The law makes records of misconduct investigations releasable regardless of whether allegations were sustained or resulted in discipline. Transparency advocates say that’s important so the public can understand which officers are frequently accused and assess whether police agencies are conducting investigations appropriately. Officials may still withhold the records in various situations, including if disclosure would interfere with an ongoing investigation, deprive someone of the right to a fair trial or otherwise be contrary to the public interest.
David Rocah, the senior staff attorney for the ACLU of Maryland, said some agencies appear reluctant to accept the new transparency. “What we’re seeing so far in general are frequent attempts by police agencies to evade the law,” he said. “Either by relying on overbroad assertions that the release of investigatory records would not be in the public interest or through exorbitant fees for the production of the records.”
The Anne Arundel County Police Department, in response to a request from The Post, provided data about internal misconduct investigations over a decade but redacted all officers’ names.
There is no provision in the new law explicitly allowing officers’ names to be withheld, and Anne Arundel County’s department is the only one since the law change to refuse to release them in response to records requests from The Post.
The department’s records custodian, Christine Ryder, wrote that “producing the name and badge numbers in matters of internal investigations would have a chilling effect on future investigations and therefore disclosure would be contrary to the public interest.”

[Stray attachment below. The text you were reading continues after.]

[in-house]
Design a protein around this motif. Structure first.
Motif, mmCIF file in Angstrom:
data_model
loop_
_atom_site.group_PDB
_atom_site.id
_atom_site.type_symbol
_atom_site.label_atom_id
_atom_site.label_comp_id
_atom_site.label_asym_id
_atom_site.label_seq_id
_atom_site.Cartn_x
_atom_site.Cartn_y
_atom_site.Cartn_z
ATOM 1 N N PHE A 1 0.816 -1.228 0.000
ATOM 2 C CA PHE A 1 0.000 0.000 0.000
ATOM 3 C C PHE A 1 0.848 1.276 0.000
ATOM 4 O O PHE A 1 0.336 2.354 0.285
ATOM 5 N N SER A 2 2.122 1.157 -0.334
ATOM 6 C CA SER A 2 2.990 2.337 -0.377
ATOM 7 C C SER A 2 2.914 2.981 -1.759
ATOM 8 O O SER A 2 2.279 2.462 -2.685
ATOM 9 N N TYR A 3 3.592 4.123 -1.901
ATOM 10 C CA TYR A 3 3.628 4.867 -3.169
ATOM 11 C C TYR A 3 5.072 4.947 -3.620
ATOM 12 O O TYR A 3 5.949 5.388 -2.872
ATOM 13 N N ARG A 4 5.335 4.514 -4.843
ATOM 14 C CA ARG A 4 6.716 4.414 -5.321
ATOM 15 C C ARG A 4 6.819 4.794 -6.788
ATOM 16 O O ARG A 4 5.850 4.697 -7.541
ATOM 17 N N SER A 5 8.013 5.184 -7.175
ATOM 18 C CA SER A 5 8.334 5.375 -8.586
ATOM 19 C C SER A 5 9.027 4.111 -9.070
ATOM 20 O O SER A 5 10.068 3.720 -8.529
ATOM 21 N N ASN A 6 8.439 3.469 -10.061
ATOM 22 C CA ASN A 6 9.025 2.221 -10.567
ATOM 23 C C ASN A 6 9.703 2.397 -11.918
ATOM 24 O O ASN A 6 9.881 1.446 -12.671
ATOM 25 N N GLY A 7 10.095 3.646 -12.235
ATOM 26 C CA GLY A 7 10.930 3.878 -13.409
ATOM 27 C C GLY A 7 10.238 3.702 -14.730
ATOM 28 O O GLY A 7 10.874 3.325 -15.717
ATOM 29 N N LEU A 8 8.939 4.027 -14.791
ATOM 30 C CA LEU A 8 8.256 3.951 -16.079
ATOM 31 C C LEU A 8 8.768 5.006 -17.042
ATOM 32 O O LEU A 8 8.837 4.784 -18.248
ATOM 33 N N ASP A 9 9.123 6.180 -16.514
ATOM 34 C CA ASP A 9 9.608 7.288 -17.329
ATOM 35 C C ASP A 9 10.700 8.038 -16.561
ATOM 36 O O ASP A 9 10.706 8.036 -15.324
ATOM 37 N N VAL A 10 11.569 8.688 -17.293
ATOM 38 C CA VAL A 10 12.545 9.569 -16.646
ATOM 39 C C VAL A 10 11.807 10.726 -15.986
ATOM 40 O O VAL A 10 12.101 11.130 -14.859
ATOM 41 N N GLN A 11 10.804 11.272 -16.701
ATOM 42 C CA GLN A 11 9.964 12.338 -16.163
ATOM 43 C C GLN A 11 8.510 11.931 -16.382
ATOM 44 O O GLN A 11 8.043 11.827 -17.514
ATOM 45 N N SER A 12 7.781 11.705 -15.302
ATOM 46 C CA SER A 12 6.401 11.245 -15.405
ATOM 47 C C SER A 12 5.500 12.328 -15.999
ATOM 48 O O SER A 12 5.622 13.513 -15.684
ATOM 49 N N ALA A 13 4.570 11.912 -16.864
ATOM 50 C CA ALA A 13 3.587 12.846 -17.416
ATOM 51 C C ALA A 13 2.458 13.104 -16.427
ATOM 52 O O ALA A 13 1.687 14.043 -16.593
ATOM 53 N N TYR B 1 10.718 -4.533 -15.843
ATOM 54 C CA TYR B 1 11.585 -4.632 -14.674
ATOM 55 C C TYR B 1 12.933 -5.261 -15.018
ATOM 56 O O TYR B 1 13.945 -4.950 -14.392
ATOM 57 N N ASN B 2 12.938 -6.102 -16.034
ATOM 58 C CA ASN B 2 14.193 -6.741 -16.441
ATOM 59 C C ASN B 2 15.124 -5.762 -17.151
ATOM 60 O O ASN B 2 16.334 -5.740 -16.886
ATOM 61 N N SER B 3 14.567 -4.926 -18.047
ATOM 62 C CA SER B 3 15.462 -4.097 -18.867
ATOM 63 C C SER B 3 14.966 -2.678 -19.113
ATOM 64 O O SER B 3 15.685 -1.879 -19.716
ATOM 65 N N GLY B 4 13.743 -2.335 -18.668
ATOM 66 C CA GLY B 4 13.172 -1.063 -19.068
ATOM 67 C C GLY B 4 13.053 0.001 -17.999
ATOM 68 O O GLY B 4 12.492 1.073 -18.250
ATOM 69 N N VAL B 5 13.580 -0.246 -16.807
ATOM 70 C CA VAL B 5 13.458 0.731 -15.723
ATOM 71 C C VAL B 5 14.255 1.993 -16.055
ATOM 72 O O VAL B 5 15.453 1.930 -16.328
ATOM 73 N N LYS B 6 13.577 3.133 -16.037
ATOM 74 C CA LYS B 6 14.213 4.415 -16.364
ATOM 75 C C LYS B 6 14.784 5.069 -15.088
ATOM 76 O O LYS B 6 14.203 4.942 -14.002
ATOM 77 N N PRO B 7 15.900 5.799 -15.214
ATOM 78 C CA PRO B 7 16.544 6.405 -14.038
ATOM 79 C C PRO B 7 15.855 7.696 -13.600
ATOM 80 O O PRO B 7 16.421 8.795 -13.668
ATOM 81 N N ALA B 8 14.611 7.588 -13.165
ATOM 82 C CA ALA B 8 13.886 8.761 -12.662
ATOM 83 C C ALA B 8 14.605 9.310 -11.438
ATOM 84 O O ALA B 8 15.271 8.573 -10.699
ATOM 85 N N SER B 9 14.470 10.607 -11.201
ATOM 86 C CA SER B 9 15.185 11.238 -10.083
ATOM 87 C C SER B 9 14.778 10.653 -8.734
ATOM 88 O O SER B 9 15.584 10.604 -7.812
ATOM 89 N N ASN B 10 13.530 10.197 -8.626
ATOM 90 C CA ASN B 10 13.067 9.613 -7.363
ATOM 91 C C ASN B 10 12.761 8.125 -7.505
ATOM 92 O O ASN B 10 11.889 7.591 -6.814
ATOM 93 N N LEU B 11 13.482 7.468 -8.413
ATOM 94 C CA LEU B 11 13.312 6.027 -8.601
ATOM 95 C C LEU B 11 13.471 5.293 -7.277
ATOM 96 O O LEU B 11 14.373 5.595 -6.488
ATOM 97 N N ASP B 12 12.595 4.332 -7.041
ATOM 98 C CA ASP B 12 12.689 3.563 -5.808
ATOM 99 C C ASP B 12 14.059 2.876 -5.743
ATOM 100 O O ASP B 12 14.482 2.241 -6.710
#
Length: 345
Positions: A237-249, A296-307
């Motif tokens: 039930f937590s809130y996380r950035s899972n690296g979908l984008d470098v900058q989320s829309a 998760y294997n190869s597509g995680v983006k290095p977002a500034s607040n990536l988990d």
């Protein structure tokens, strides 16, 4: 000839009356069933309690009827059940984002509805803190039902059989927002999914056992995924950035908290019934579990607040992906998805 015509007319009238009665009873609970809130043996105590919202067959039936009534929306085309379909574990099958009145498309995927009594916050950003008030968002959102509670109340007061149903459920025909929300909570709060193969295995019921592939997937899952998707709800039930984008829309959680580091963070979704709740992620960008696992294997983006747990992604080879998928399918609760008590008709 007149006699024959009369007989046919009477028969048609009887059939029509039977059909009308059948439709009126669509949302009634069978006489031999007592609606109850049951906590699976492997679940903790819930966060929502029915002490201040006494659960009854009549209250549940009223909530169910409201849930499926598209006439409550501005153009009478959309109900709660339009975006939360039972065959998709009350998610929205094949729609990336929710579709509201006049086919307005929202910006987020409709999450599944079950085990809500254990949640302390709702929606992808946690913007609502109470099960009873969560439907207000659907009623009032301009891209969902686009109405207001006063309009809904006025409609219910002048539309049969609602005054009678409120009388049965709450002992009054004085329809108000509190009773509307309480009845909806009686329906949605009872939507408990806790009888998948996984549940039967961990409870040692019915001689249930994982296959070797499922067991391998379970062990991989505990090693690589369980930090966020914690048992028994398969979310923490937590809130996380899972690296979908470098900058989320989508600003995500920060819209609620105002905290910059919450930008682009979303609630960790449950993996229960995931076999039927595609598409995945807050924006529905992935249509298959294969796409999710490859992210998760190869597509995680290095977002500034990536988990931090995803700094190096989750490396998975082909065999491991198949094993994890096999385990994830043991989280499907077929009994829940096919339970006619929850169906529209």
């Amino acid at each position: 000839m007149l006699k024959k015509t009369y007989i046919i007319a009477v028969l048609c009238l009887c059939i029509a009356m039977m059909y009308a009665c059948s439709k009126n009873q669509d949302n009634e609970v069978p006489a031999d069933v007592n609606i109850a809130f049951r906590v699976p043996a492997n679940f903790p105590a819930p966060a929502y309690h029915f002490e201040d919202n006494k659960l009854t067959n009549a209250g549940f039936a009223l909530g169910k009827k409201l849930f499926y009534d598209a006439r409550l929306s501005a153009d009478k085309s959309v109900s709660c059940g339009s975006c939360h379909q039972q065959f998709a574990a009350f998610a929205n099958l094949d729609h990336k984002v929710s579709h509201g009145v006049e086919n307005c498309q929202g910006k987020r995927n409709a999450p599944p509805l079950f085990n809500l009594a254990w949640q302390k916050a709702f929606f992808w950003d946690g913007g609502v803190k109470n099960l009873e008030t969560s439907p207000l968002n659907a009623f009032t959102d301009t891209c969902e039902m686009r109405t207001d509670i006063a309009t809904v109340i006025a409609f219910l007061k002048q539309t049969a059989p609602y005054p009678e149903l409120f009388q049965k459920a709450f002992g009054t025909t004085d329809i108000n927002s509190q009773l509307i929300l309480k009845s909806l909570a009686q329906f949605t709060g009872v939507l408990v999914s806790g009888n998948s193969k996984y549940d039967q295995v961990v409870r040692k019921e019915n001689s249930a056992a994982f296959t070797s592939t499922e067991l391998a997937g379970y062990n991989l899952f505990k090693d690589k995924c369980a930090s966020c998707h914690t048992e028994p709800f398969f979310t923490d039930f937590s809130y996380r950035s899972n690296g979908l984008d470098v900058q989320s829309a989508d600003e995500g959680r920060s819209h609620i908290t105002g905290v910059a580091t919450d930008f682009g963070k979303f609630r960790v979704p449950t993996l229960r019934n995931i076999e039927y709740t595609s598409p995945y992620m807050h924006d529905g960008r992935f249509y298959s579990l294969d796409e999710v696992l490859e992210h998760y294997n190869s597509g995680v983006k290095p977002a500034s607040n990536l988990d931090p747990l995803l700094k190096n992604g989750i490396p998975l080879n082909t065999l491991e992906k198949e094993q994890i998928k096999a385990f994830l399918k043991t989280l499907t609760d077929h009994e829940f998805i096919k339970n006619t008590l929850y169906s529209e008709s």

The Harford County Sheriff’s Office, in response to a request from The Post this summer, released spreadsheets containing data from 265 internal affairs cases with the officers’ names redacted. After the law change, the agency estimated it would charge $9,205 to provide the same data with officer names.
Agencies are allowed to pass the costs of fulfilling a request onto the requester, though they may elect to waive fees if that would be in the public interest. The Maryland State Police and many other agencies have provided records and data to The Post at no charge.
Michelle Hanks, the Harford County sheriff’s records custodian, said in an email that “there is no apparent public interest served by your mass record request.” Hanks said the estimated fee was because it would take sergeants and command staff members dozens of hours, which she said would be paid at overtime rates, to determine which of the 265 rows of data could be released with names and which couldn’t.
Harford County Sheriff Jeffrey R. Gahler declined through a spokeswoman to comment. He was a staunch opponent of the new law, which he saw as being among a set of “very dangerous” police accountability bills being pushed by “misinformed progressive politicians,” he said in a February video posted on YouTube by WBFF FOX45 Baltimore.
Gahler said some legislators supporting the measures were “ill-intended.” He said other lawmakers’ lack of understanding of policing was comparable to the impatience of fast-food customers. He called this his “McDonald’s Theory.”
“I suspect that we can all relate to the experience of sitting in the drive-through line at your local McDonald’s and thinking, ‘What the heck’s going on back there? Why’s it taking so long? They should do it this way instead. Why don’t they just do this or that?’” Gahler said. “In reality, we don’t understand all the experience, training, reasoning, processes and procedures involved in what is a very proven process of delivering prepared food to an unending line of consumers within seconds of ordering.”
Last year, the Harford sheriff’s office investigated four allegations of unnecessary force or brutality, the agency’s data shows. None were sustained.